Hague, Netherlands-based oil industry company, the Royal Dutch Shell Plc., commonly called as Shell, a Dutch-British energy company incorporated in the United Kingdom, had faced off sheer criticisms from analysts and economists on Friday, the 1st of November 2019, over a warning of a possible delay in its $25 billion worth of share buyback program.
Meanwhile, followed by a warning of a possible delay in its share buyback program, multiple analysts were quoted saying that the Shell move would eventually destabilise the credibility of management board of the world’s third-largest company by revenue as of December 31st, 2018, widely dubbed as one of the energy “supermajors”.
In point of fact, followed by media headlines revealing a plausible delay in Shell’s share buyback program later this week, Thursday’s (October 31st) Wall St. had witnessed a steep sell-off of Shell shares, which in effect had erased more than $10 billion of its market valuation in a single session.
Besides, Shell had reported a stronger-than-anticipated quarterly revenue on Q3, 2019, despite a multi-year low natgas and crude oil price on Thursday (October 31st), but its strong earnings’ report was steeply outstripped by Shell Chief Executive, Ben Ban Beurden’s unprecedented cautioning on a delay of its share buyback program that had bolted out of the blue and eventually led to a weekly decline of Shell’s share price by 2.57 per cent to €26.26 per share.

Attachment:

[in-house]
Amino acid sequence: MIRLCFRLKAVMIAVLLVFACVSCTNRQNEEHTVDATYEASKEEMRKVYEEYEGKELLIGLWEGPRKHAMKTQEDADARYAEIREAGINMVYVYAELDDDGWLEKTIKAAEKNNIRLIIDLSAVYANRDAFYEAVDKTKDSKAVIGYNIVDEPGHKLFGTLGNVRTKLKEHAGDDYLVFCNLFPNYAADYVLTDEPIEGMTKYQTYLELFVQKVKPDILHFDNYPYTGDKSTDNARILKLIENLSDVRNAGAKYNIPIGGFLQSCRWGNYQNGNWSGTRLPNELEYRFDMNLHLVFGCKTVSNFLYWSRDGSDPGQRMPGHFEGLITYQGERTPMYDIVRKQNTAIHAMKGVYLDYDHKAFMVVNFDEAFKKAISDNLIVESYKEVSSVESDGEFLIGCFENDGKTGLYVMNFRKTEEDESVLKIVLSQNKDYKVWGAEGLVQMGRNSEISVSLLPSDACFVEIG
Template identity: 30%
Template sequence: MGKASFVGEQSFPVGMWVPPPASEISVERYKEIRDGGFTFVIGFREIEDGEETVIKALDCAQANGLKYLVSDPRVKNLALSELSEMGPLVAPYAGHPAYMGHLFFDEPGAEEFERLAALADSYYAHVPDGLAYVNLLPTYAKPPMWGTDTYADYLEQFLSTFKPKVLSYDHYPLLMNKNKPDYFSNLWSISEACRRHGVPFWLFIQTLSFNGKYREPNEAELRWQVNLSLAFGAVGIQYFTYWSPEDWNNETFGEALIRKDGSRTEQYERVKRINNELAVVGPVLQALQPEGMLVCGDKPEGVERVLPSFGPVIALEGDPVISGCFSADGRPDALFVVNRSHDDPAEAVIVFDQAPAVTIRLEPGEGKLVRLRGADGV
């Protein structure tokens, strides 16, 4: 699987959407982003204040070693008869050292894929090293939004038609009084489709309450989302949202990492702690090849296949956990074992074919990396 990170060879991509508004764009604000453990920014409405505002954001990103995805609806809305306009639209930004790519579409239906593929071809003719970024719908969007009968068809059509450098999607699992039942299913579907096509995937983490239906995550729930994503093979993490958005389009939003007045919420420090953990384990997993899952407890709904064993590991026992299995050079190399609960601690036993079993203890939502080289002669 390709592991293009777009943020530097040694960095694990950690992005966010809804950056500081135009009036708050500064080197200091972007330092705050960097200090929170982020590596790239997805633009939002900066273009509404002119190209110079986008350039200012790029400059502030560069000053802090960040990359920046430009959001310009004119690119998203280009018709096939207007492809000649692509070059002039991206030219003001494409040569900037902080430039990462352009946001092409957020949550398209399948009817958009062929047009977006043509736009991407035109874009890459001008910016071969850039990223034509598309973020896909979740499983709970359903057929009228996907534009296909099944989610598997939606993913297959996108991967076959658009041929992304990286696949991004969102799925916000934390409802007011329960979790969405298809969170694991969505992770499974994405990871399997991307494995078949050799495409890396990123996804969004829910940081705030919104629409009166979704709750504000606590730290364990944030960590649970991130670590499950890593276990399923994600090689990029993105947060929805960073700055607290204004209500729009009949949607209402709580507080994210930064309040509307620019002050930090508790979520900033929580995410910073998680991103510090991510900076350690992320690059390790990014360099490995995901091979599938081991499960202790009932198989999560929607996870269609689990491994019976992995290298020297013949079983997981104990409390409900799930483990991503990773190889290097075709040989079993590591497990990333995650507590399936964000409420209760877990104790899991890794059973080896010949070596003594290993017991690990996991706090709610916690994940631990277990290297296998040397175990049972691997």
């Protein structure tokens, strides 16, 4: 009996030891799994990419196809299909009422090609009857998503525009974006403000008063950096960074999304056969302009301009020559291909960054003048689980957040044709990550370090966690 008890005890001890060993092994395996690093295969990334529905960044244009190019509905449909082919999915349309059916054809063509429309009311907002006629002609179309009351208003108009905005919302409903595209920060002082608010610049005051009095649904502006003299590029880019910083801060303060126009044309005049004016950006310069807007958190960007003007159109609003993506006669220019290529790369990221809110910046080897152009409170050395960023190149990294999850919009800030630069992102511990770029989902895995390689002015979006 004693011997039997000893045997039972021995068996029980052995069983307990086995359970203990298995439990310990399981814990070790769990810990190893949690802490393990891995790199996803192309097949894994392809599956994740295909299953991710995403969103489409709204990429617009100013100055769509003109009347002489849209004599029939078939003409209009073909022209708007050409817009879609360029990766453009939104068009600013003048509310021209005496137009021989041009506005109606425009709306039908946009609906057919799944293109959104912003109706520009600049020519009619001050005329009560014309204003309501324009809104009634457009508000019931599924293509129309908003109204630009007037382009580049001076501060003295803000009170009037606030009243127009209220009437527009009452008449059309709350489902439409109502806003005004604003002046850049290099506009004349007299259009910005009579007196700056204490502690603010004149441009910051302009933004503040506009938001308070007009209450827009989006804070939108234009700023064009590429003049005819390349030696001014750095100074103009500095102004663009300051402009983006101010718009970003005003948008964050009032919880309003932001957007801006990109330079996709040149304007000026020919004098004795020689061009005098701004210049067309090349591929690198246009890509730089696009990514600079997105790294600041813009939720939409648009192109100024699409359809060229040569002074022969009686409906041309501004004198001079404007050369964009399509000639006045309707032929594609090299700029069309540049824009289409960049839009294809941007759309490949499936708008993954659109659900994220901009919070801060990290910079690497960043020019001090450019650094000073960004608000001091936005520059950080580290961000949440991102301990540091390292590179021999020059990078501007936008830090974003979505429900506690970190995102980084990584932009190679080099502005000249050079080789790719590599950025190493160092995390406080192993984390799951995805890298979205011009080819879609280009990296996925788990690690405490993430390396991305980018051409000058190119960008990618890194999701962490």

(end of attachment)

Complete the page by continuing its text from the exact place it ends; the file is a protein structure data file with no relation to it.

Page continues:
Aside from that, hinting that a share buyback program worth of up to $25 billion might not be completed before end-2020, Van Beurden said on later this week, “The prevailing weak macroeconomic conditions and challenging outlook inevitably create uncertainty about the pace of reducing gearing to 25% and completing the share buyback program within the 2020 timeframe. ”